China relies on American technology products, even as it has made clear that it is concerned about the security of those products. A majority of Chinese government offices, state-owned enterprises and other institutions that handle potentially secret information, like universities and research institutes, use Microsoft Windows. Most smartphones in China run software made by either Apple or Google. And the high-end computing that supports China’s banks, energy companies and military uses, in part, American-designed chips and servers.
In a congressional hearing last month, Apple’s general counsel, Bruce Sewell, said the Chinese government had asked the company to share source code in the last two years but that Apple had refused.
Apple has seen new pressure in China as regulators have shut down its iBooks and iTunes Movies stores there. Last week, Apple disclosed that it was investing $1 billion in the Chinese ride-hailing app Didi Chuxing, a move that some technology experts said appeared aimed at currying favorwith Beijing.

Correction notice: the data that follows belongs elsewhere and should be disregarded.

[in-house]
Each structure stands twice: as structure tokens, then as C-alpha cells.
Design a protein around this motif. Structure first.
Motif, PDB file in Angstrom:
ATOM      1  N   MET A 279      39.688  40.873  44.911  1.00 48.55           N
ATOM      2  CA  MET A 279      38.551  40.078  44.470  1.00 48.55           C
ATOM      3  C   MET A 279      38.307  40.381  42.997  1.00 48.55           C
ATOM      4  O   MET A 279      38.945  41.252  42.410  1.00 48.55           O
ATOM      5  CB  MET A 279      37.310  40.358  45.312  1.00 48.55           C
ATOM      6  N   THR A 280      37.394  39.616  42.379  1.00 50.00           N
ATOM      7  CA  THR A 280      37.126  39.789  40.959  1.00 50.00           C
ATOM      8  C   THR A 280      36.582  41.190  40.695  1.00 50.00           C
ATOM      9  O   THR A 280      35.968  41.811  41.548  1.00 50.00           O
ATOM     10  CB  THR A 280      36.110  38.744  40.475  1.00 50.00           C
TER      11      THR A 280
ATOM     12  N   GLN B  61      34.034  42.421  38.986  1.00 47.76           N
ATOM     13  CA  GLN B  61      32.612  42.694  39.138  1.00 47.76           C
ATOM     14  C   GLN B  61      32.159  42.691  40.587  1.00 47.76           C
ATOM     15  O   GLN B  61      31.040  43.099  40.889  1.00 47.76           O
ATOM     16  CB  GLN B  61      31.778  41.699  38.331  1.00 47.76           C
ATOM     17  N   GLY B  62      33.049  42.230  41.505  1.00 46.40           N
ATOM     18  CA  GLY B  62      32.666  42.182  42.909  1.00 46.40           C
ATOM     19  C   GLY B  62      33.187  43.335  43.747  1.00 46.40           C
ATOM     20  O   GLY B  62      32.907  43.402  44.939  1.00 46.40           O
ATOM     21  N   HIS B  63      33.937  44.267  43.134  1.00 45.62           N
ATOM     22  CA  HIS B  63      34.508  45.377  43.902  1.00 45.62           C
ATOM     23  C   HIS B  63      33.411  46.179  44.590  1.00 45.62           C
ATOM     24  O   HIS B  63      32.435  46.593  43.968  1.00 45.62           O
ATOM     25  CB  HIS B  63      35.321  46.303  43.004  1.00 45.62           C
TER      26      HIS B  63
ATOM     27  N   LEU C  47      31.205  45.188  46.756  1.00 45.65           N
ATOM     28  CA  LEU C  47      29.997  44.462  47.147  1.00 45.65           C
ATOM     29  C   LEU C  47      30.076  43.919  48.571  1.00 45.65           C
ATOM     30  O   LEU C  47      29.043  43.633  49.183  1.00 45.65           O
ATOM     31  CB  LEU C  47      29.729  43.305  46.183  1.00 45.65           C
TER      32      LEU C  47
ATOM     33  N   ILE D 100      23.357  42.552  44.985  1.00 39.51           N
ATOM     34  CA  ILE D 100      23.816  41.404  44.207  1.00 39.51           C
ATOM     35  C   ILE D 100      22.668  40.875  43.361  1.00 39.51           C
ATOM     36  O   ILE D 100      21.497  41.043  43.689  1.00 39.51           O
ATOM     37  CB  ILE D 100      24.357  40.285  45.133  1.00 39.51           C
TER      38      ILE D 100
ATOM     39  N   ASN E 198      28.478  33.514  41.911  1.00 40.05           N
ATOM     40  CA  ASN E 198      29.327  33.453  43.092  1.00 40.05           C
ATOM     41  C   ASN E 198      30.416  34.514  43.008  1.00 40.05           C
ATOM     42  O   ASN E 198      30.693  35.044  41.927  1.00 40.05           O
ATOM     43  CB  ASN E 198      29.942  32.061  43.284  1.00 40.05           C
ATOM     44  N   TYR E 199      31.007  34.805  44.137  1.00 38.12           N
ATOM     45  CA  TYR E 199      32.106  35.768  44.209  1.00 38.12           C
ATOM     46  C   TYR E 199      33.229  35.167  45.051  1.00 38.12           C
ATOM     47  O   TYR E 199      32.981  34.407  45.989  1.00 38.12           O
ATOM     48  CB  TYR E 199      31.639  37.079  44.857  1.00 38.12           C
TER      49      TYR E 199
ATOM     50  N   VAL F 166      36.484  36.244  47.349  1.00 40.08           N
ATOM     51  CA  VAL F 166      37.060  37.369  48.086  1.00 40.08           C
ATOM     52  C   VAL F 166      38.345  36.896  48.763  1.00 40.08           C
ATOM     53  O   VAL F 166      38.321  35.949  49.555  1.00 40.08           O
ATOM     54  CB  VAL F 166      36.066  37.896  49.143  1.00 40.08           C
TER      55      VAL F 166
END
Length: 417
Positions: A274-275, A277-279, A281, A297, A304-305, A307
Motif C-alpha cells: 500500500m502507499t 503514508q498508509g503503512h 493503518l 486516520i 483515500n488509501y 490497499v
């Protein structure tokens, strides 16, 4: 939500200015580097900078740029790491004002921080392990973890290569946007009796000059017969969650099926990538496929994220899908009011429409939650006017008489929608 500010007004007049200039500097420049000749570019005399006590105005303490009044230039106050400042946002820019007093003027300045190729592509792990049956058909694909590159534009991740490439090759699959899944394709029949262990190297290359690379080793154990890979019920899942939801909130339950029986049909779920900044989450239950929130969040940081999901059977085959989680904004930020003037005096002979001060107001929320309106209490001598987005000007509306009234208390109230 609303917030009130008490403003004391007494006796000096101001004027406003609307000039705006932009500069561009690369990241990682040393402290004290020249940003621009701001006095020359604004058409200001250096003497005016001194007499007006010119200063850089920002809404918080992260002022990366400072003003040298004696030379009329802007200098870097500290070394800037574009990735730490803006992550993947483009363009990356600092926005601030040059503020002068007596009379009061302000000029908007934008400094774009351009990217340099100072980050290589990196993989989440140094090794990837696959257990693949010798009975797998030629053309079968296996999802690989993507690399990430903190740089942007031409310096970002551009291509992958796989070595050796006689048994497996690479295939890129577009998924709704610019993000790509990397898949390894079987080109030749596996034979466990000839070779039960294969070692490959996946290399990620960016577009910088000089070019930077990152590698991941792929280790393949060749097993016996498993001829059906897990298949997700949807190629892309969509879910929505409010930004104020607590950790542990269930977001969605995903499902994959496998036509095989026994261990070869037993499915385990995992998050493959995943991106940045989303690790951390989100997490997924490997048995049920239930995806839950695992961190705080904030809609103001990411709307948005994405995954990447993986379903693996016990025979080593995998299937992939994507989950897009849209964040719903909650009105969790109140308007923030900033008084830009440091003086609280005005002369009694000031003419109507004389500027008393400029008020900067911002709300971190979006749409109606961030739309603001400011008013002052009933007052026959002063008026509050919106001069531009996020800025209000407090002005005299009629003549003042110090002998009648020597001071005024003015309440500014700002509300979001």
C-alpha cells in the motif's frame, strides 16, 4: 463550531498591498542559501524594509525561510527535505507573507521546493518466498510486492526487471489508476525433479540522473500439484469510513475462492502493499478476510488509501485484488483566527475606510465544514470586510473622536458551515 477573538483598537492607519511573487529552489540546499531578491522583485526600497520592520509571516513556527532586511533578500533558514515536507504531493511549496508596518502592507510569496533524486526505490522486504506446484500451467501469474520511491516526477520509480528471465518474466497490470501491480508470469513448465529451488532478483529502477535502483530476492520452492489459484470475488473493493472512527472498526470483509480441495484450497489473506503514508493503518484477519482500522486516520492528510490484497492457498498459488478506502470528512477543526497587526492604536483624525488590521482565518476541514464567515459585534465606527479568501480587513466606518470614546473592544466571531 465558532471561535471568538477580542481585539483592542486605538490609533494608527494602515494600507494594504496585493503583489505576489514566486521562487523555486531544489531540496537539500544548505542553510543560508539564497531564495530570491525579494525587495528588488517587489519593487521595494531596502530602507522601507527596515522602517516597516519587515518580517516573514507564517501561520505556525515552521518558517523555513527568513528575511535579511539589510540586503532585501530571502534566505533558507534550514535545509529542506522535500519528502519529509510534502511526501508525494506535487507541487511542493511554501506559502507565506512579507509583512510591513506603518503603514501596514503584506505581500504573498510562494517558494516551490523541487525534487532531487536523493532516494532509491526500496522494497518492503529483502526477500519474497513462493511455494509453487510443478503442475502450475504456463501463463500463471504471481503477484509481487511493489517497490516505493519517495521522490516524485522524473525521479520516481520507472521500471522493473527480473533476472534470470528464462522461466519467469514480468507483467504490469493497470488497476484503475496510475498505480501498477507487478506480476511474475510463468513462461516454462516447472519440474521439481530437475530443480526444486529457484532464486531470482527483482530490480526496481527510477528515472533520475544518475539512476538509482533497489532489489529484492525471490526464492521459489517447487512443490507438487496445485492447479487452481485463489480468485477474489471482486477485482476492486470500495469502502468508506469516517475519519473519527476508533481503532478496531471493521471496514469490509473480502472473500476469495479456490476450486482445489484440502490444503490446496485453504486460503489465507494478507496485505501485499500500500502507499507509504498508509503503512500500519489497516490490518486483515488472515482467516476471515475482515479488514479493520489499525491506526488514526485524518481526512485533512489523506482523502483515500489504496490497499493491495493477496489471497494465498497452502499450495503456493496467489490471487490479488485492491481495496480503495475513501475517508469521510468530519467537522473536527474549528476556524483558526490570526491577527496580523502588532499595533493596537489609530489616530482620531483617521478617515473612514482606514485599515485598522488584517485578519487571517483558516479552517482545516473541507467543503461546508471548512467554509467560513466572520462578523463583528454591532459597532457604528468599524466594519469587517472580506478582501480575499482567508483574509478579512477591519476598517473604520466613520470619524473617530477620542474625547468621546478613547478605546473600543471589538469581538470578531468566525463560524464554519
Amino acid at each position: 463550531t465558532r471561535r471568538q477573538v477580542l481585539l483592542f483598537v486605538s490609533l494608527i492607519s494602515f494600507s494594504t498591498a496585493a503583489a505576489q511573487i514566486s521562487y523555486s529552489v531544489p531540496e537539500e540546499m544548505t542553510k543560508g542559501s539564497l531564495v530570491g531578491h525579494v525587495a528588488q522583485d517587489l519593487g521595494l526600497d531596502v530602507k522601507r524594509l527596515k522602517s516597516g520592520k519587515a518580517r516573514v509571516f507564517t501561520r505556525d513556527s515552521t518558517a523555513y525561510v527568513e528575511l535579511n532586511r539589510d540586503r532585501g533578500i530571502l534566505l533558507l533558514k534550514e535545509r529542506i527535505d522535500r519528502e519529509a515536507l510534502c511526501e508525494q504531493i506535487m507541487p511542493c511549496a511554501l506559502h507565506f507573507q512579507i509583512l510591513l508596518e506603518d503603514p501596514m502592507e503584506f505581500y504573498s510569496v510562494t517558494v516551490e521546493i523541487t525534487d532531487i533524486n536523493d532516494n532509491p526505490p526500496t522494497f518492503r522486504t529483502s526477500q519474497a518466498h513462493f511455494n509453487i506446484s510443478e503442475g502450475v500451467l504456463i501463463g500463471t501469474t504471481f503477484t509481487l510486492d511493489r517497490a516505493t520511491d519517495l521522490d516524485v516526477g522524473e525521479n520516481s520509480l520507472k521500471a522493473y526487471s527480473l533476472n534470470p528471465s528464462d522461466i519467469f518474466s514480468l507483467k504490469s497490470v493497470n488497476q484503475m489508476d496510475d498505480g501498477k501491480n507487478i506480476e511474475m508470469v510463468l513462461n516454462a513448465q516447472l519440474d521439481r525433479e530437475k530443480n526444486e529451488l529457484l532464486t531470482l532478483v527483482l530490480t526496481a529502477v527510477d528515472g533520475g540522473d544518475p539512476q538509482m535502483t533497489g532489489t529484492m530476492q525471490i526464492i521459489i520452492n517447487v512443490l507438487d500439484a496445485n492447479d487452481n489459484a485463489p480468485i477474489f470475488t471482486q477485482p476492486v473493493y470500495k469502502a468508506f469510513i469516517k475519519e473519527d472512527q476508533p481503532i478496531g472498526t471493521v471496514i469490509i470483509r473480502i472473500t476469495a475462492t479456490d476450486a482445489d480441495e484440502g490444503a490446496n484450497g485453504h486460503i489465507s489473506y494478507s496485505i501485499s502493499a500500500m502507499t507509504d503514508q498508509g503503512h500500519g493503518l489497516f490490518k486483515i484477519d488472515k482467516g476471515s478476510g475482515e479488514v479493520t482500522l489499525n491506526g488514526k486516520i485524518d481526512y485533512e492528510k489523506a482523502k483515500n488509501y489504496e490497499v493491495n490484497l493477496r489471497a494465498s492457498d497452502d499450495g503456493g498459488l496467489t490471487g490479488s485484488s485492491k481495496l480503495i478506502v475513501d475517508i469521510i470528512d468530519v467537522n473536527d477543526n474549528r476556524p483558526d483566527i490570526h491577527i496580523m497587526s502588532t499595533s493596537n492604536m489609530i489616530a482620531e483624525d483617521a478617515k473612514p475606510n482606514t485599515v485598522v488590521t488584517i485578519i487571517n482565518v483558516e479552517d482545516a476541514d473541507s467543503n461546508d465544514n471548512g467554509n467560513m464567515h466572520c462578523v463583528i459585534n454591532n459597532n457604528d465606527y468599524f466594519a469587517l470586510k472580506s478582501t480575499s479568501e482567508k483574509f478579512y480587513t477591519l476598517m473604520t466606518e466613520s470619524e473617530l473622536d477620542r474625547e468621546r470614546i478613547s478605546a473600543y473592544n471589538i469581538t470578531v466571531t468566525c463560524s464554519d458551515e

Chinese restrictions against American companies have been a highly charged diplomatic issue. Last year, the Obama administration raised concerns about Chinese rules that trade groups said were written to wean the country’s banking industry off foreign technology. The United States also objected to an antiterrorism law that called for foreign companies to hand over encryption keys in China. In both cases China relented, temporarily scrapping the banking laws and tempering the language in the antiterrorism law.
China’s tougher tone is part of a broader challenge that governments around the world are posing to the technology industry over issues like privacy and encryption. In the United States, federal law enforcement officials have pressed Apple to help them gain access to encrypted iPhones even as the Obama administration has resisted Chinese policies that would require similar access.
Under President Xi Jinping, China has taken steps to keep tabs on technology from American companies and reduce the nation’s dependence on it.